Soil samples of a Stagnic Anthrosol were collected in March 2013 from the surface layer (0.00-0.15 m) in the Yangtze River Delta, Shanghai. After removing organic debris and rocks, soil samples were sieved (<10 mm), homogenized, and blended into a single composite sample. The samples were filled in pots (0.25 m height × 0.25 m diameter) and divided into 12 treatments, with three replications. A factorial design was used (Table 1), with two representative CO2 levels, three soil moisture levels, and two soil cover types [with or without Glycine max (Yu 19)]. Twelve beans per pot were inserted at 0.05 m depth in the soil. The pots were incubated in a chamber (PRX-2000C-CO2, China) in random positions. Before germination, the chamber temperature was maintained at 25 °C, light intensity at 600 μmol m-2 s-1, and relative air humidity at 60 %. Daily watering was performed at 8:00 a.m. No fertilizer was applied during incubation, and CO2 was monitored with a build-in infrared CO2 meter (TES 1370, Taiwan).

Table 1 Design of treatments: 3 × 2 × 2 factorial arrangement of soil moisture, elevated CO2 level, and soil cover (with or without Glycine max plant) 

Soil moisture Ambient CO2 350 ± 50 mL m-3 Elevated CO2 700 ± 50 mL m-3


bare soybean bare soybean
Wet (80 % WHC) UAW PAW UCW PCW
Mild drought (60 % WHC) UAM PAM UCM PCM
Severe drought (40 % WHC) UAS PAS UCS PCS

WHC: water holding capacity; UAW: unplanted treatment with ambient CO2 and well-watered condition; UAM: unplanted treatment with ambient CO2 and mild drought condition; UAS: unplanted treatment with ambient CO2 and severe drought condition; PAW: planted treatment with ambient CO2 and well-watered condition; PAM: planted treatment with ambient CO2 and mild drought condition; PAS: planted treatment with ambient CO2 and severe drought condition; UCW: unplanted treatment with elevated CO2 and well-watered condition; UCM: unplanted treatment with elevated CO2 and mild drought condition; UCS: unplanted treatment with elevated CO2 and severe drought condition; PCW: planted treatment with elevated CO2 and well-watered condition; PCM: planted treatment with elevated CO2 and mild drought condition; PCS: planted treatment with elevated CO2 and severe drought condition.

Functional and genetic diversity of the soil microbial community

After 60-day incubation, genomic DNA of the soil samples was extracted with the DNA isolation kit (PowerSoil, USA). The16S rDNA and 18S rDNA fragments were amplified to analyze the functional diversity of the soil microbial community. The F338-GC and R518 were used as bacterium-specific primers (Muyzer et al., 1993). For fungi, 18S rDNA fragments were amplified with the primer pair of FR1-GC and FF390, as described by Vainio and Hantula (2000). The reaction mixture contained 4 μL dNTP, 3 μL MgCl2, 1 μL of each primer, 0.25 μL Taq polymerase, and 2 μL DNA template.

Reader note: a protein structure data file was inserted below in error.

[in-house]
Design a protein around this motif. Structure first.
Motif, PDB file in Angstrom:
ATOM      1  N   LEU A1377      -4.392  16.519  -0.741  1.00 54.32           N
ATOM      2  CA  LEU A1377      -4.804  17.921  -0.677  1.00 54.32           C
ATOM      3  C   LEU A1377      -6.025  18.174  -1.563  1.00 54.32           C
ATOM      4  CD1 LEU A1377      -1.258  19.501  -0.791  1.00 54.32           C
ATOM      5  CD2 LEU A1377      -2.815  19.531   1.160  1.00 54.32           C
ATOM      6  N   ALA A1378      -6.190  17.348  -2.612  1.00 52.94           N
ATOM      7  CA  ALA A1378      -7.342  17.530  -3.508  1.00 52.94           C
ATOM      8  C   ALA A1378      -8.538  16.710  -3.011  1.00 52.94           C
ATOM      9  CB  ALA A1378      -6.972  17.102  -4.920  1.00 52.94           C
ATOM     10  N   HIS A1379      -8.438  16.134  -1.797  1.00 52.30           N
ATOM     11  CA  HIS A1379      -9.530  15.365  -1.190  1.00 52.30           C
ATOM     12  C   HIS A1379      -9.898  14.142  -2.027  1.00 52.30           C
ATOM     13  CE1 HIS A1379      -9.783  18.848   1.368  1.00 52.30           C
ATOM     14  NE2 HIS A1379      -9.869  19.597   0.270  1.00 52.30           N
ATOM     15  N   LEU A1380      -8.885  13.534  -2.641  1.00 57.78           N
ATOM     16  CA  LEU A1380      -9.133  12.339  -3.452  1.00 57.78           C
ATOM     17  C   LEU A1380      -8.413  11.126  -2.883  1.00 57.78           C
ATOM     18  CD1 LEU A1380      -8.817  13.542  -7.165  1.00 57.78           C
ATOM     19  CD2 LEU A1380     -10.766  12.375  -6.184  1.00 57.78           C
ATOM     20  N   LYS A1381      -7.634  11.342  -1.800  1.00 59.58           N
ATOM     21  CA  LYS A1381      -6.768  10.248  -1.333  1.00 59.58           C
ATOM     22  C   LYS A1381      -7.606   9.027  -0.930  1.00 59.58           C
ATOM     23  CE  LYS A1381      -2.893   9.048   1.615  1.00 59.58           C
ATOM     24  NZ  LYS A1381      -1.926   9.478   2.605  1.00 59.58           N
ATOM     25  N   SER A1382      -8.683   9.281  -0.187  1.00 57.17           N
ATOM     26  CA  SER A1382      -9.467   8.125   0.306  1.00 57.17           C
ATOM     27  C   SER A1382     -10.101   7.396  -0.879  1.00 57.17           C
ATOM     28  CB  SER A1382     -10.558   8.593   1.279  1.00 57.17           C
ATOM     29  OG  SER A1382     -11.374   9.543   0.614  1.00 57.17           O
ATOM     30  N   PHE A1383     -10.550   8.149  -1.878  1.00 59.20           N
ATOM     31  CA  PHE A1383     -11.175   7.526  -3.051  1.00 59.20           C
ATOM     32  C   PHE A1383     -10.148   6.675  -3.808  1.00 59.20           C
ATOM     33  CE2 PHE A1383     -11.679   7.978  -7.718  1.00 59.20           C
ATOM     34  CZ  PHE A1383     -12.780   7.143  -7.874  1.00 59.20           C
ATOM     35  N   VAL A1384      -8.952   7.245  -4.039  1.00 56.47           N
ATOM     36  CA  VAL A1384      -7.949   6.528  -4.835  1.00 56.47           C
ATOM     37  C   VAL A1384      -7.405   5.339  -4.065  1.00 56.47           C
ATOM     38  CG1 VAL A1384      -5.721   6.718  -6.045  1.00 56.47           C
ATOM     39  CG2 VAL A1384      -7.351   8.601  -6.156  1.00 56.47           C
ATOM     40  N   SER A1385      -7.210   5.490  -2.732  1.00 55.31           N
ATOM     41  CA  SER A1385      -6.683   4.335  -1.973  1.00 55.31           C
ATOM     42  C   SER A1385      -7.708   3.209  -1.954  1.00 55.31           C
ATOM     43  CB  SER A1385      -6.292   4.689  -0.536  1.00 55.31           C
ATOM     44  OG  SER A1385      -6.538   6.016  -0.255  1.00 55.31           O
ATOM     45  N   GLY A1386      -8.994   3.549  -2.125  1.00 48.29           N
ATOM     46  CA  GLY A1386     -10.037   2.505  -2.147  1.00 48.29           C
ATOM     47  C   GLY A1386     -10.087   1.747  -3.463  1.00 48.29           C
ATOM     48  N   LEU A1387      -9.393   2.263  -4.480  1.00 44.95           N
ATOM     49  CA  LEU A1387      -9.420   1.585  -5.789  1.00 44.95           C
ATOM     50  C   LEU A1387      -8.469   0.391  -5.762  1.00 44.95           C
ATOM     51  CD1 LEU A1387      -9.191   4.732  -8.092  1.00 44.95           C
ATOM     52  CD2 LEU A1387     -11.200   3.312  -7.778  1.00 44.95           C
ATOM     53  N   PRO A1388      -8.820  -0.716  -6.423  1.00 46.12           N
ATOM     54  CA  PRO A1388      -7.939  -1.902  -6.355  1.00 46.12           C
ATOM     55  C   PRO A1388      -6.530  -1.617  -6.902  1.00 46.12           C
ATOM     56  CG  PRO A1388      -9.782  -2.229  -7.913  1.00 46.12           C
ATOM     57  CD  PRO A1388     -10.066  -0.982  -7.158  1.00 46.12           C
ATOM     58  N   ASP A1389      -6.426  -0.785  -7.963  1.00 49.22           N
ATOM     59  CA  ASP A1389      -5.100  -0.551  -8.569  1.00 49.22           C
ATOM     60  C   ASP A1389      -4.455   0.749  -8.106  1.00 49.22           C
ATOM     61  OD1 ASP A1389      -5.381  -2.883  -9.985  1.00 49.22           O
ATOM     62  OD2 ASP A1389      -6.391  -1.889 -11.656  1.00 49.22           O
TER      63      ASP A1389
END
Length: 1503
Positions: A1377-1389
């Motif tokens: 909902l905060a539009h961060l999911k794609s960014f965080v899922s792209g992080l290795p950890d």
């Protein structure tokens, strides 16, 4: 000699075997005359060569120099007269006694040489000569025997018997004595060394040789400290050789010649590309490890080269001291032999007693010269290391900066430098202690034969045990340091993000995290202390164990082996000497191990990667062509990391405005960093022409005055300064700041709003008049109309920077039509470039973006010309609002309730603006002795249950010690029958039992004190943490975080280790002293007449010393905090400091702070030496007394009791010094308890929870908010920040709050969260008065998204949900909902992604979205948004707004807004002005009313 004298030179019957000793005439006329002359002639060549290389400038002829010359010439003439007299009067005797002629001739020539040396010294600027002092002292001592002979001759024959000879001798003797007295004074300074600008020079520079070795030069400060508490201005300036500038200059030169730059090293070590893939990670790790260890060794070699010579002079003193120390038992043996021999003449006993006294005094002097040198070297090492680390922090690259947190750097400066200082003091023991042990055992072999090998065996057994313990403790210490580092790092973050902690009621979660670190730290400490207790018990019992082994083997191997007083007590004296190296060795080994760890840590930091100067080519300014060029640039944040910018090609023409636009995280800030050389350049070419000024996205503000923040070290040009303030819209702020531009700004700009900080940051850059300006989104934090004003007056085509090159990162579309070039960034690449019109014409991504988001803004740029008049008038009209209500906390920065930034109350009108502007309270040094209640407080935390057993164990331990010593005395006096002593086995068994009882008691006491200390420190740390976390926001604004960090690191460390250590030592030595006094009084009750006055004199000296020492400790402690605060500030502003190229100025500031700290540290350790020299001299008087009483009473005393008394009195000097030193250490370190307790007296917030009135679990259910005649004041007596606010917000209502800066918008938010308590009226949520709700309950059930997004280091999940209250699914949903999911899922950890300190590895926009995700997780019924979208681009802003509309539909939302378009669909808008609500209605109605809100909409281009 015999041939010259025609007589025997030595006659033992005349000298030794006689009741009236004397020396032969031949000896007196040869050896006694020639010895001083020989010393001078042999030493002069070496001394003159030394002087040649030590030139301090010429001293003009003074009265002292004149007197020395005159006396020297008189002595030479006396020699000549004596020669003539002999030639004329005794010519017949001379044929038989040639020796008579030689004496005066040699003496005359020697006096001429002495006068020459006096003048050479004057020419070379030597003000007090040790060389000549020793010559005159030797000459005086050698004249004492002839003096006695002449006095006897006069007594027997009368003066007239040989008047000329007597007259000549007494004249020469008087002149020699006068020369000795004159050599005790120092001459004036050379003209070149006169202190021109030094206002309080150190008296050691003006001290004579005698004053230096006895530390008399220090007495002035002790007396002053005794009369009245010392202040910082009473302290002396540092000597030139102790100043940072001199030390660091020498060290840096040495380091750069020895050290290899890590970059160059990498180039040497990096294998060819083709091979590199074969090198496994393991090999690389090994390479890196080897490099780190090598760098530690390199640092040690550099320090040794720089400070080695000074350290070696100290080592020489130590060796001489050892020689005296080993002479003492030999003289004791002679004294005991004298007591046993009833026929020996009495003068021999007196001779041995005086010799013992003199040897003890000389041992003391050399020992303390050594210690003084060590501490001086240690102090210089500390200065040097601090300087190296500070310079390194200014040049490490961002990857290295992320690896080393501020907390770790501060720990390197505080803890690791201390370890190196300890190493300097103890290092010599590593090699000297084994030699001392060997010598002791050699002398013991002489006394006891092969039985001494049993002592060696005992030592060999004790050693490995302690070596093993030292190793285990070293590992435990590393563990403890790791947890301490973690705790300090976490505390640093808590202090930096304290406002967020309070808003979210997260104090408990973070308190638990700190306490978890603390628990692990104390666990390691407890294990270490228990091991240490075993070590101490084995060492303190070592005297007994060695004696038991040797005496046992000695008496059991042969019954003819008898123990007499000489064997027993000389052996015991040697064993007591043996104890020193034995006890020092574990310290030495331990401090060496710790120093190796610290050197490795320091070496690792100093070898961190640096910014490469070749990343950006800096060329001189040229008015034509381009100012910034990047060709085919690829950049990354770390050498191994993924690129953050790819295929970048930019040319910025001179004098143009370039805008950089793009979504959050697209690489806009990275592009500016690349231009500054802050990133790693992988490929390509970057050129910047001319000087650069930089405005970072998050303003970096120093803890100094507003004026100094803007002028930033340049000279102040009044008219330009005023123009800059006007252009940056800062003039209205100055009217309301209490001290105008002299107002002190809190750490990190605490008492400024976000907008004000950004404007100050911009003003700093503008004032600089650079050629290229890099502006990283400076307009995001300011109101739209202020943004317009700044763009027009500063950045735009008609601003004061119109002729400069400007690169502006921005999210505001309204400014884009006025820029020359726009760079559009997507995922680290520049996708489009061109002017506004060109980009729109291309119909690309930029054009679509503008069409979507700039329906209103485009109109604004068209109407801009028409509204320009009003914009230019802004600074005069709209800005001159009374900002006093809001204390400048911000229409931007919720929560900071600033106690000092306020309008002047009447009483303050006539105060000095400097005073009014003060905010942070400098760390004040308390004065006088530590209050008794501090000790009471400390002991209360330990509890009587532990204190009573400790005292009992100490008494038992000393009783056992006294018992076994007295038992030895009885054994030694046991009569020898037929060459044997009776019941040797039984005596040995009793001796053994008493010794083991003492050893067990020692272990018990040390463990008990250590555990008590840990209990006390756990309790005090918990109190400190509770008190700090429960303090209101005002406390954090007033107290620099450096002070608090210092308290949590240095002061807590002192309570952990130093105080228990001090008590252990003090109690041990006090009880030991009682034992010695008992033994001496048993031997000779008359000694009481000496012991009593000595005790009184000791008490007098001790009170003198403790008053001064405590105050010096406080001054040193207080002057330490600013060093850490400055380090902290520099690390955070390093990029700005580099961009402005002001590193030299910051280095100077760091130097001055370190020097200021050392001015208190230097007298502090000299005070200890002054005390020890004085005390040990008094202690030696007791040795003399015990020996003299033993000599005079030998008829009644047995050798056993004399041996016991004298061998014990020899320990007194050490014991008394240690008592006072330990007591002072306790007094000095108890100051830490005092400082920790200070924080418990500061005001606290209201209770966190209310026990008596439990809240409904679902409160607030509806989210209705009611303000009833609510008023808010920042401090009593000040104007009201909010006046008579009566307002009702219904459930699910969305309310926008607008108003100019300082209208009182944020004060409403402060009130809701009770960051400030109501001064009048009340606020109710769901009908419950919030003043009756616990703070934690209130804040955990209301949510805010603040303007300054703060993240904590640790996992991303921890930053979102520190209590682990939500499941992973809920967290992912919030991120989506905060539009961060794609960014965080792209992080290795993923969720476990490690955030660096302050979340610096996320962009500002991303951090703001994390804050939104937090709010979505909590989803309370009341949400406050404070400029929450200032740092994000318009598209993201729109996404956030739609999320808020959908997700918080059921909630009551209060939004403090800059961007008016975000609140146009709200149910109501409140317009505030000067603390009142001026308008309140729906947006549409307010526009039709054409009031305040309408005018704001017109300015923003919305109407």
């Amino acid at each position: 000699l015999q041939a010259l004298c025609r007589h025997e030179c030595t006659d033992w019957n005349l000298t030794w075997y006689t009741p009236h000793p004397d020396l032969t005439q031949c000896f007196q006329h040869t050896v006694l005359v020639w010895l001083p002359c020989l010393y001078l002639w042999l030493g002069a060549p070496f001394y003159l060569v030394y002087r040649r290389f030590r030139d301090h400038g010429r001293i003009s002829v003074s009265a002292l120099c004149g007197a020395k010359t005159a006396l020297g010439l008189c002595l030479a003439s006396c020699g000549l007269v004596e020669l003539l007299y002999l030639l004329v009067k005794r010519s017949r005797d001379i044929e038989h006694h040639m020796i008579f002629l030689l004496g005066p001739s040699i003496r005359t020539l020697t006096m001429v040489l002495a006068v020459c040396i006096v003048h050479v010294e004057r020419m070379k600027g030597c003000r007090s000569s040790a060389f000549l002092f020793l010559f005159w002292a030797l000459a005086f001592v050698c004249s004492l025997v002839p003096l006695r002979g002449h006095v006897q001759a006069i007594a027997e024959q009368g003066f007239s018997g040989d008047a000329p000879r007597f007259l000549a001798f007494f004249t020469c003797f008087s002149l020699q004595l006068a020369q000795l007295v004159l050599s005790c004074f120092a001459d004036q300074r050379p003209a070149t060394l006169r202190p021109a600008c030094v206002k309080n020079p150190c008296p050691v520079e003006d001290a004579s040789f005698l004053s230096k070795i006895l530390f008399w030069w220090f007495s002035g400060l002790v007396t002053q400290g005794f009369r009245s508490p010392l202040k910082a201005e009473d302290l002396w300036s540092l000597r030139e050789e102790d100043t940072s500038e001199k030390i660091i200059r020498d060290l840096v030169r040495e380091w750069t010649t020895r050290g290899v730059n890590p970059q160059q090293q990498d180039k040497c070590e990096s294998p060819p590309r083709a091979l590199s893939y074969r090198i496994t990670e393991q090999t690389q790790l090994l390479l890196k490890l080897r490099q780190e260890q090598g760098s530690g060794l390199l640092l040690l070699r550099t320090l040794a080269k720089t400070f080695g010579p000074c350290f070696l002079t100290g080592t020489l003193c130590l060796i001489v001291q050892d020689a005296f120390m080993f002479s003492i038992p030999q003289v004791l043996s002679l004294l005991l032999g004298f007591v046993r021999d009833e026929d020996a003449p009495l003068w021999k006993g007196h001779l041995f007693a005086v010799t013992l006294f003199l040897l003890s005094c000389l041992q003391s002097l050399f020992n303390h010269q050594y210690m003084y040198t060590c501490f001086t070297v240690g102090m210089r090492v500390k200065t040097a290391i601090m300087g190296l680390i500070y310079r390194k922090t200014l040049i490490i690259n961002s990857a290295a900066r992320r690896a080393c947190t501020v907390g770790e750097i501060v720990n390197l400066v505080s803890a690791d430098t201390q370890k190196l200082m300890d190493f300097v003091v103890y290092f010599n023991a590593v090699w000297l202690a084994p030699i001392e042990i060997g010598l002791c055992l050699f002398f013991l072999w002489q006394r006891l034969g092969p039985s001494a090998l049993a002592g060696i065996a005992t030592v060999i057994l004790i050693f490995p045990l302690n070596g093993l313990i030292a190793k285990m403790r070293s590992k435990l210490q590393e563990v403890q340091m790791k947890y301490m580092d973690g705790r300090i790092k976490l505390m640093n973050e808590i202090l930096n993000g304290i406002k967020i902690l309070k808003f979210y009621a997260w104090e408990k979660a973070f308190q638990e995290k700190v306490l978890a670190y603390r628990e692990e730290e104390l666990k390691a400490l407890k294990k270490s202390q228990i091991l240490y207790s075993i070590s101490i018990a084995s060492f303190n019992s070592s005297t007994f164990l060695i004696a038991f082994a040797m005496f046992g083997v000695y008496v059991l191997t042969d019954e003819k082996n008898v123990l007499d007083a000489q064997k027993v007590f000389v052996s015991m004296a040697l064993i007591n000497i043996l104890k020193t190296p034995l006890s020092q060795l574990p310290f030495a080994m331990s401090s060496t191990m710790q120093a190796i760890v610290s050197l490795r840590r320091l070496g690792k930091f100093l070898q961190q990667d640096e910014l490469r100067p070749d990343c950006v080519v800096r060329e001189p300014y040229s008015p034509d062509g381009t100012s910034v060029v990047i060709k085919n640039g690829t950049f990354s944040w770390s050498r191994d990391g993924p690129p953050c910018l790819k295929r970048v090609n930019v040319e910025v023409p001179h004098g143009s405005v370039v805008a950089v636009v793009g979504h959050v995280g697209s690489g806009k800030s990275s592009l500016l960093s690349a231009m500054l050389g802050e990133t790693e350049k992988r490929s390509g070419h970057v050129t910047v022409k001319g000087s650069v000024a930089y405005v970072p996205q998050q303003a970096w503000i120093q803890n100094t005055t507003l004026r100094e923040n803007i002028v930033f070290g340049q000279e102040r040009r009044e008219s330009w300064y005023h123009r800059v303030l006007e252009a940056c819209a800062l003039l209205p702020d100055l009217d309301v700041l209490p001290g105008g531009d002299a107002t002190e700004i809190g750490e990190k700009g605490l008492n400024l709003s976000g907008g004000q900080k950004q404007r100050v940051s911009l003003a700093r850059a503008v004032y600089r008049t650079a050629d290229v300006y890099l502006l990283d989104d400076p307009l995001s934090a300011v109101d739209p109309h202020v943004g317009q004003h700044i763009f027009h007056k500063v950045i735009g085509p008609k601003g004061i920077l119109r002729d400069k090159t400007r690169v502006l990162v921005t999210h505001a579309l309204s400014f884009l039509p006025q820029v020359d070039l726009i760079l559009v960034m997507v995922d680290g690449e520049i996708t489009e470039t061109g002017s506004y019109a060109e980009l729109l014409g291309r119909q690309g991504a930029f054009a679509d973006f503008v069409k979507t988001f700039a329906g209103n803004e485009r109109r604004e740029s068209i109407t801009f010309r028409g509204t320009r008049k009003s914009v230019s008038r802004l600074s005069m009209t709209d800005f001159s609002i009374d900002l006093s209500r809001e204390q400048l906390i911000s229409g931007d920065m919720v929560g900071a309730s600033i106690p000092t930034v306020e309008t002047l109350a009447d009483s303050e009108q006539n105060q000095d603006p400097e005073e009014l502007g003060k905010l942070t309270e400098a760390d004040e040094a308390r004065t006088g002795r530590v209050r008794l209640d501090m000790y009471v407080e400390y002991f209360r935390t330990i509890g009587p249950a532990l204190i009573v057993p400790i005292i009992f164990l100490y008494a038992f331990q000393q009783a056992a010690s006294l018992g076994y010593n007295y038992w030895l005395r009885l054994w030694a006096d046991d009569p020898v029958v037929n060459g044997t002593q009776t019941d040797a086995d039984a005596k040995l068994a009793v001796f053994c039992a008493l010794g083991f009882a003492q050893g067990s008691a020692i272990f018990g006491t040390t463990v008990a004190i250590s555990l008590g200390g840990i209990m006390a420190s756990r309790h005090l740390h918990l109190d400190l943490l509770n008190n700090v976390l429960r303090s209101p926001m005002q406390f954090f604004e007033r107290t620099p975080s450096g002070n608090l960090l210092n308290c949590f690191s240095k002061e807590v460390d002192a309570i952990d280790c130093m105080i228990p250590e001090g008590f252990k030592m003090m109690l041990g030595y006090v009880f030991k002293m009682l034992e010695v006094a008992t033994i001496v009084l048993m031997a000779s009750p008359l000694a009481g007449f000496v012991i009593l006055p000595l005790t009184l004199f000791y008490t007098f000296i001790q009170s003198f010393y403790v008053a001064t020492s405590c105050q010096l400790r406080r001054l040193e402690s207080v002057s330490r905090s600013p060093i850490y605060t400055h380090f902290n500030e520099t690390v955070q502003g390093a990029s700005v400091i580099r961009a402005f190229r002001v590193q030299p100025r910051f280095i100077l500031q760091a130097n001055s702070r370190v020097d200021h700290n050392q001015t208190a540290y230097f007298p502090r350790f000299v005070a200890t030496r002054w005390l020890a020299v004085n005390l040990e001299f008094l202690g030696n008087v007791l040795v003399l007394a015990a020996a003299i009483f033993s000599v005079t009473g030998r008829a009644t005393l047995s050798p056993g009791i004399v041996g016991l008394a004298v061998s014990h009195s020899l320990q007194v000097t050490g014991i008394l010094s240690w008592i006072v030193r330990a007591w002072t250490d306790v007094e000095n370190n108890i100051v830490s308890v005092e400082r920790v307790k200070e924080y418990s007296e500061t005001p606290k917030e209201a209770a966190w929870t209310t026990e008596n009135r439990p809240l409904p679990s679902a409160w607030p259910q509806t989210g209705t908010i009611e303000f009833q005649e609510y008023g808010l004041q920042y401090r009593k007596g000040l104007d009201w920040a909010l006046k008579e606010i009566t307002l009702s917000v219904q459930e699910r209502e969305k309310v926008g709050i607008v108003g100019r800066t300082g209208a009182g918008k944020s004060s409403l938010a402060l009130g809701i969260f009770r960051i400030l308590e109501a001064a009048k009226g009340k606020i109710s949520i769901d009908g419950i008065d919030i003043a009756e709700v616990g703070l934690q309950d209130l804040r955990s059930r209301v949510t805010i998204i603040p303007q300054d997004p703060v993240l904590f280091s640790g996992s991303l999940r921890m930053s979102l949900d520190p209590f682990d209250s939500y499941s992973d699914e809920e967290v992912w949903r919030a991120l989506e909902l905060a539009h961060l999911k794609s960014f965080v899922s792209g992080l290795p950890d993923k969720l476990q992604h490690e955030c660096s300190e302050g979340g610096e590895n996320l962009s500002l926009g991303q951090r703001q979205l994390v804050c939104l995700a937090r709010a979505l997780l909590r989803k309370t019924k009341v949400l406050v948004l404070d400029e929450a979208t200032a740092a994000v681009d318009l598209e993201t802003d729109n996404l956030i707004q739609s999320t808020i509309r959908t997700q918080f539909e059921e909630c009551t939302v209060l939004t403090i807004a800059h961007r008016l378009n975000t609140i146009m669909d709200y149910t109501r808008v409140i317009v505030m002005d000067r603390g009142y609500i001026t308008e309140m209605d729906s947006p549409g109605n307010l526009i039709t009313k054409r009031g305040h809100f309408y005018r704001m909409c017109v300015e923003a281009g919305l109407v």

A touchdown PCR was programmed, according to the methodology described by Zhang et al. (2012). Firstly, 25 μL PCR products were loaded on an 8 % polyacrylamide gel. The denaturing gradient ranged from 40 to 80 %. Electrophoresis was carried out with the Dcode system (Bio-Rad, USA), performed for 12 h at 80 V and 60 °C. Thereafter, the gel was stained with ethylene dibromide 0.5 μg mL-1 for 30 min and visualized under UV with BIO-RAD (BIO-Rad XR, USA).

A bacterial identification system (BIOLOG MicroPlate, USA) assessed the functional diversity of microorganisms based on the patterns of 31 single carbon sources. At the end of incubation, 10 g of soil sample was added to a 50 mL sterilized Erlenmeyer flask with 0.5 mol L-1 phosphate buffer (pH =7.0). The mixture was sealed and shaken for 10 min in the dark. A microplate was preheated to 25 °C. Then, 150 μL of diluted supernatant (1:1,000) was added to each well of the plate and incubated at 25 °C. The UV absorption (590 nm) of each well was determined after 12, 24, 48, 72, 129, and 144 h of incubation. The data were corrected based on the initial readings of the control well containing only water.

Statistics

The data are expressed as the mean values of three replicates per treatment. Two-way ANOVA measurement was used to identify significant differences among the treatments at α = 0.05. Statistical procedures were carried out with Software IBM SPSS Statistics (version 11.0). Shannon-Wiener (H’) and Simpson (D) indices were calculated to estimate the microbial diversity. Pielou (E) and McIntosh (DMc) indices were used to determine the microbial evenness. Cluster analysis (CA) was conducted to detect similarities of PCR-DGGE banding patterns among treatments with Quantity One Software (Bio-Rad). Microbial carbon source utilization was analyzed with Principal Component Analysis (PCA), to identify latent relationships among the different treatments.

RESULTS AND DISCUSSION

Response of microbial relative abundance and diversity